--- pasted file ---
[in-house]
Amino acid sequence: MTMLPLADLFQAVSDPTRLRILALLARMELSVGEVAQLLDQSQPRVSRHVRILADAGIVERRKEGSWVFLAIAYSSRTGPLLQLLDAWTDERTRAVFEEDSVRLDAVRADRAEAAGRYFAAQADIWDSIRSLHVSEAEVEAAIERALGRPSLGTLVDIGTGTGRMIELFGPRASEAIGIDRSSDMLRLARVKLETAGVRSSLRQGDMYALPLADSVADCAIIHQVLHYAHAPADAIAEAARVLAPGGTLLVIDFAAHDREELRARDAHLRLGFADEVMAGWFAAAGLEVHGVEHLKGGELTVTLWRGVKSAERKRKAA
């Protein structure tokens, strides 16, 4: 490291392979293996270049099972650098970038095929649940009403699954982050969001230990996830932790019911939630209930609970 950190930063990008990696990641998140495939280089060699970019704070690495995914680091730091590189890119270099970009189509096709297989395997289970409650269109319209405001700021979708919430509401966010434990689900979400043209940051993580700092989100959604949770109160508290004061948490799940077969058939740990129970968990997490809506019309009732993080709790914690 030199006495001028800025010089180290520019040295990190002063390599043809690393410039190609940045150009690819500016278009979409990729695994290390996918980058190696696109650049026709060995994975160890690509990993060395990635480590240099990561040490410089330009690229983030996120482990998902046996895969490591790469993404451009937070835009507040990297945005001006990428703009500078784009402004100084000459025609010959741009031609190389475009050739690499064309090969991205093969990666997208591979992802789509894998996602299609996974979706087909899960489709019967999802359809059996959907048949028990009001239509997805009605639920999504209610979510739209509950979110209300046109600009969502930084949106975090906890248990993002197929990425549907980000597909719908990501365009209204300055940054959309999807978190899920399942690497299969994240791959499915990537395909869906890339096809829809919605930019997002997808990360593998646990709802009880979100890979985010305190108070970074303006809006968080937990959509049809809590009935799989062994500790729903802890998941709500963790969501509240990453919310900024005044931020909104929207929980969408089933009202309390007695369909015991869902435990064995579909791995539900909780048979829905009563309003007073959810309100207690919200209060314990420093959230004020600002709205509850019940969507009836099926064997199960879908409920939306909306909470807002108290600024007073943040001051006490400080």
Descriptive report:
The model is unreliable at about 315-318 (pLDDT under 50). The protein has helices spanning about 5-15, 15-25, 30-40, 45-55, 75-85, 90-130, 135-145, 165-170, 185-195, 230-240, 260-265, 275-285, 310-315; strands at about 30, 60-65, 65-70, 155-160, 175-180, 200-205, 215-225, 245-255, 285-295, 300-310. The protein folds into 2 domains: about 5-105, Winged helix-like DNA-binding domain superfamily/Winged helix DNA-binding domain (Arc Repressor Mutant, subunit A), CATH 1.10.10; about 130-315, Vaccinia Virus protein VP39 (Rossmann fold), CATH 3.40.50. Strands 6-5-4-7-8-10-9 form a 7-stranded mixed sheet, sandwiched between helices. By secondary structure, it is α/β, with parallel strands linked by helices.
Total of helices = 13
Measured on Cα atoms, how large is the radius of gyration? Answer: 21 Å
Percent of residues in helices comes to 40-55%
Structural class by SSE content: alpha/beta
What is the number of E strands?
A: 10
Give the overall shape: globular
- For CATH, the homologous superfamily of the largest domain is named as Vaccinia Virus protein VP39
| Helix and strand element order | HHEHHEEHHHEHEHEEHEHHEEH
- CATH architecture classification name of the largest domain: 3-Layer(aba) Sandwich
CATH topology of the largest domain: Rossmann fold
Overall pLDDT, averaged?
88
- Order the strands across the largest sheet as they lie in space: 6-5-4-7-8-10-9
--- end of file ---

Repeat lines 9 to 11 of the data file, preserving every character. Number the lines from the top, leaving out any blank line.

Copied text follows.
Structural class by SSE content: alpha/beta
What is the number of E strands?
A: 10